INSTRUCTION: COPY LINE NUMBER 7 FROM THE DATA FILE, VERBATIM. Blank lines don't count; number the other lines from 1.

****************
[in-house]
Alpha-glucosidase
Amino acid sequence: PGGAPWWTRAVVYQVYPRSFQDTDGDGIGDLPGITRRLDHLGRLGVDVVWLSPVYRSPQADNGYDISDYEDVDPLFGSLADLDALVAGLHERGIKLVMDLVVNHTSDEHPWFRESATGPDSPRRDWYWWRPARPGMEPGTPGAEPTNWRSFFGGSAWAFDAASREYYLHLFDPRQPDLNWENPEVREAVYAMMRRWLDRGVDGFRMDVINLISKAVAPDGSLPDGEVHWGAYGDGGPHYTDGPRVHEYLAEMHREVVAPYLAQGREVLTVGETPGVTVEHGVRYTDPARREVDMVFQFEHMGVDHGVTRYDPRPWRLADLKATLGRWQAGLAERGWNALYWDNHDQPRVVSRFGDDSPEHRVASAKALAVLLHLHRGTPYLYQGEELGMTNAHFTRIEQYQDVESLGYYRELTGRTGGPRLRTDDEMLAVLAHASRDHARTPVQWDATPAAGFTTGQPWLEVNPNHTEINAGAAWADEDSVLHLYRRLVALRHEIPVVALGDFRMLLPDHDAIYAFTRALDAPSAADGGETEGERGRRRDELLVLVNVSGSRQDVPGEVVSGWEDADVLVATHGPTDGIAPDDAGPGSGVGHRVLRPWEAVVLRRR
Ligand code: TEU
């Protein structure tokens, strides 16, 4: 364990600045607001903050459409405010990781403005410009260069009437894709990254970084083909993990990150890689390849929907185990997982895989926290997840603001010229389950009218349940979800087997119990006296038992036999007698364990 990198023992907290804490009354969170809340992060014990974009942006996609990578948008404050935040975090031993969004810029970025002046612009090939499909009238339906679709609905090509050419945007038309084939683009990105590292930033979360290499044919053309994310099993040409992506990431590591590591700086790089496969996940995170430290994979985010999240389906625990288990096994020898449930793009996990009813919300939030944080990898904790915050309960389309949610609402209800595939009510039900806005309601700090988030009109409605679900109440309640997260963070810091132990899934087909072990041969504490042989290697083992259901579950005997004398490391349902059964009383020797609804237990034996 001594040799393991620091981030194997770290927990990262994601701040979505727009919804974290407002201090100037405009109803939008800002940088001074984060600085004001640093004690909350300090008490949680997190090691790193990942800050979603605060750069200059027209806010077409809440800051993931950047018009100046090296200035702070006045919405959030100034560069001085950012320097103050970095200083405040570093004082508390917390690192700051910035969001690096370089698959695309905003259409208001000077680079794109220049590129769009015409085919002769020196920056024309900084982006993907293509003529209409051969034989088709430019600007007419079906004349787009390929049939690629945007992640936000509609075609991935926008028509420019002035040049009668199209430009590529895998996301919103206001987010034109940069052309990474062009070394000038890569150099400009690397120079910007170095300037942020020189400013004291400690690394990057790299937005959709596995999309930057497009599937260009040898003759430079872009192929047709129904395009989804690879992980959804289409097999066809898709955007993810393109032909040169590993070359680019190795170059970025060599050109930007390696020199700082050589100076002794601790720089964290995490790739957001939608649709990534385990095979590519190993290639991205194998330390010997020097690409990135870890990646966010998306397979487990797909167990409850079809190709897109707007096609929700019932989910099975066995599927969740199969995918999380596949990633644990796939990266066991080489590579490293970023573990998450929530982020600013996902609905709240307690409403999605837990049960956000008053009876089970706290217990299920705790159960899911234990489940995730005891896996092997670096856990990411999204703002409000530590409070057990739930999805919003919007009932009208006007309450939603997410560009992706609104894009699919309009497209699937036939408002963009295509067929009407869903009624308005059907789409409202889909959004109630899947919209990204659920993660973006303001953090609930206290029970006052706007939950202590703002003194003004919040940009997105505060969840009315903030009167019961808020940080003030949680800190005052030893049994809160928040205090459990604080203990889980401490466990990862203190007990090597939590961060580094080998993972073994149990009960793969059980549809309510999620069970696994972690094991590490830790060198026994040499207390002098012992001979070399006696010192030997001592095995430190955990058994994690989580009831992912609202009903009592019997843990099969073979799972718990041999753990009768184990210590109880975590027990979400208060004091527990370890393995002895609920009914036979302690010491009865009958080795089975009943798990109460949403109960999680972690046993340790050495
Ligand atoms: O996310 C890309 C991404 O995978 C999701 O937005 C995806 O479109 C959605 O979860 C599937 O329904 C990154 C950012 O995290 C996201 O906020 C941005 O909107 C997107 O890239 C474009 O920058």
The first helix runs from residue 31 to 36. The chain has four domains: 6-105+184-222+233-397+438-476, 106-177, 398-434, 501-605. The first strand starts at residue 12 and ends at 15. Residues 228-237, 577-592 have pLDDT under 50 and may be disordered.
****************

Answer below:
The first helix runs from residue 31 to 36. The chain has four domains: 6-105+184-222+233-397+438-476, 106-177, 398-434, 501-605. The first strand starts at residue 12 and ends at 15. Residues 228-237, 577-592 have pLDDT under 50 and may be disordered.